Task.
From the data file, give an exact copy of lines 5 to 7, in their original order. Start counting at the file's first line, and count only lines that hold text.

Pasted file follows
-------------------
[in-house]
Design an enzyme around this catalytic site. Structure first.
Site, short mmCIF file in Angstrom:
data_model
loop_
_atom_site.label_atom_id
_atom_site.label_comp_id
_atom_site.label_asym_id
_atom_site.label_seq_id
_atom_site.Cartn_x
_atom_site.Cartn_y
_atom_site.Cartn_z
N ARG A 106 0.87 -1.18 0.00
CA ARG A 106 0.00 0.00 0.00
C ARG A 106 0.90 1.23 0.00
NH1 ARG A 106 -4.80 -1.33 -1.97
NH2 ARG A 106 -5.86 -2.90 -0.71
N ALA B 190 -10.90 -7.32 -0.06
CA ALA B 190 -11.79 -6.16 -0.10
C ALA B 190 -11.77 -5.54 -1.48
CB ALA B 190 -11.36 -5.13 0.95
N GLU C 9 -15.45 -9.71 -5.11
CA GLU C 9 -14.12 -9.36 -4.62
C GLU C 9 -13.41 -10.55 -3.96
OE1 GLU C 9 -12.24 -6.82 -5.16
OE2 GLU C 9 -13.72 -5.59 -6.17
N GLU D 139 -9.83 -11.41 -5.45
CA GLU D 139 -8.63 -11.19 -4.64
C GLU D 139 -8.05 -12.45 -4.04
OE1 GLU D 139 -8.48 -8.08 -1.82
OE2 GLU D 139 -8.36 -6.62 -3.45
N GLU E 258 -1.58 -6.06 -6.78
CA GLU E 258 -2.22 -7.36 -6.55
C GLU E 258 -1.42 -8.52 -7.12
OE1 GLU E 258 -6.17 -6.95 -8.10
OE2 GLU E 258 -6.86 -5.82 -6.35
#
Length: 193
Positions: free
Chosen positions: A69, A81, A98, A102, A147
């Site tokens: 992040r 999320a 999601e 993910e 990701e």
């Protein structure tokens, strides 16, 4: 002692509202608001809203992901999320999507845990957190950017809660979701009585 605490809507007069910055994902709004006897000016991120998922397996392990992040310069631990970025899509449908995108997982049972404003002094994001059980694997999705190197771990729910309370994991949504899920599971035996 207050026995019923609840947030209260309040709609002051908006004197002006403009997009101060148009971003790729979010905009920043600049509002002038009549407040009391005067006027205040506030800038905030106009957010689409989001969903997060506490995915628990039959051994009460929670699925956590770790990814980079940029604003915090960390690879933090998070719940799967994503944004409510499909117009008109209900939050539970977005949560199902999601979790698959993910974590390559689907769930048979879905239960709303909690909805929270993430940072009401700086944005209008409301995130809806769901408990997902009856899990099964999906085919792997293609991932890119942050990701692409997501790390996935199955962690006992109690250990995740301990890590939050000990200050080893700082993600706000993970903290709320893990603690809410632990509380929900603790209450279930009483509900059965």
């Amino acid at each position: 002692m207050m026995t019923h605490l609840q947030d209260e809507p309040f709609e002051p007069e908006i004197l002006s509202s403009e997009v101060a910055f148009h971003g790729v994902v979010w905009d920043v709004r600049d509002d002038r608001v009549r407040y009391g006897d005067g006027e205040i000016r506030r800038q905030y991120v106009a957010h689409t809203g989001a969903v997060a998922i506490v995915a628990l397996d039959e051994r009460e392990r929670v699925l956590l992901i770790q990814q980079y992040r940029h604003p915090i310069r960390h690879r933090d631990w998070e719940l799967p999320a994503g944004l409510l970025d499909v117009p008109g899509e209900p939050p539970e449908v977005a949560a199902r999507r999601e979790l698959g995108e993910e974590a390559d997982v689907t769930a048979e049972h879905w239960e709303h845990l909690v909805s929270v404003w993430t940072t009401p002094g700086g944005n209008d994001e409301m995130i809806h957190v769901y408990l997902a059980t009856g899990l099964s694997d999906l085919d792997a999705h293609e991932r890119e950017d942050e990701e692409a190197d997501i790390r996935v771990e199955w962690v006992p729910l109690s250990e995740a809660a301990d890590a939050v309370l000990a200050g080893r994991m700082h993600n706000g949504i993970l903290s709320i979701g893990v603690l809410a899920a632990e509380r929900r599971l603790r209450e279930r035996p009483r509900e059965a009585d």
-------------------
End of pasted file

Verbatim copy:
loop_
_atom_site.label_atom_id
_atom_site.label_comp_id